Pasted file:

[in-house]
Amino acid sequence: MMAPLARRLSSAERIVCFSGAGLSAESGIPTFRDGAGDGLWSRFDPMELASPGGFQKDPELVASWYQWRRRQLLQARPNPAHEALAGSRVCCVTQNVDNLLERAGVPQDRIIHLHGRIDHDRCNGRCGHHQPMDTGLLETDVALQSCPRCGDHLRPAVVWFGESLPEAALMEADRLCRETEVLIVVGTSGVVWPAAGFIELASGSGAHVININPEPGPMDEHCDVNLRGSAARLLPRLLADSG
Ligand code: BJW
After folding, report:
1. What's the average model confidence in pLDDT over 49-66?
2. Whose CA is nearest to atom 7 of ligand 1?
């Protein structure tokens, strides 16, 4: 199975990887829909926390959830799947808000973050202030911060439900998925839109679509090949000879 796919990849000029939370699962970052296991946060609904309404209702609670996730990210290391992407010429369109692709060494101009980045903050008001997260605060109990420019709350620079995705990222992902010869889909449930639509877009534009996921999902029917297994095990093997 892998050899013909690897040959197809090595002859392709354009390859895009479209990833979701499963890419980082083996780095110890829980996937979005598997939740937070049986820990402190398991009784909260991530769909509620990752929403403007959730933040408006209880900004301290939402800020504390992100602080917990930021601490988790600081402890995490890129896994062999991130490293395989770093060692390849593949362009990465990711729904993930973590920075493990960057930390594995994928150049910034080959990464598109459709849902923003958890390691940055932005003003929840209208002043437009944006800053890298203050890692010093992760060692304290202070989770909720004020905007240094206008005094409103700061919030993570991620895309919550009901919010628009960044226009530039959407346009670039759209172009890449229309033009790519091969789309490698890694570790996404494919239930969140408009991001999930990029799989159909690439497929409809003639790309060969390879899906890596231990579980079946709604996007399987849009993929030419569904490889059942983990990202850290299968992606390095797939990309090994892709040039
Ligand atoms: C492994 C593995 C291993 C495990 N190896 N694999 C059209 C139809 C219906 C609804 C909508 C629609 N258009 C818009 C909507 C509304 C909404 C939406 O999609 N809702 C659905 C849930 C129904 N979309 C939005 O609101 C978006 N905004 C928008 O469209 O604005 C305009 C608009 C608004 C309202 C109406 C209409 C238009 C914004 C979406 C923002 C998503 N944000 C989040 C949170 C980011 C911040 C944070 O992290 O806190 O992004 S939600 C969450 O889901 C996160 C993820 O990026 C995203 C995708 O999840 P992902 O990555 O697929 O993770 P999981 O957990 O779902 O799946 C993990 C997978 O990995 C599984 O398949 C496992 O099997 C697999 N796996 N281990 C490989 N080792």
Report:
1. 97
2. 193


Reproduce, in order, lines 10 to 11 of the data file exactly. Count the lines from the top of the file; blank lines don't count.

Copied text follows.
1. 97
2. 193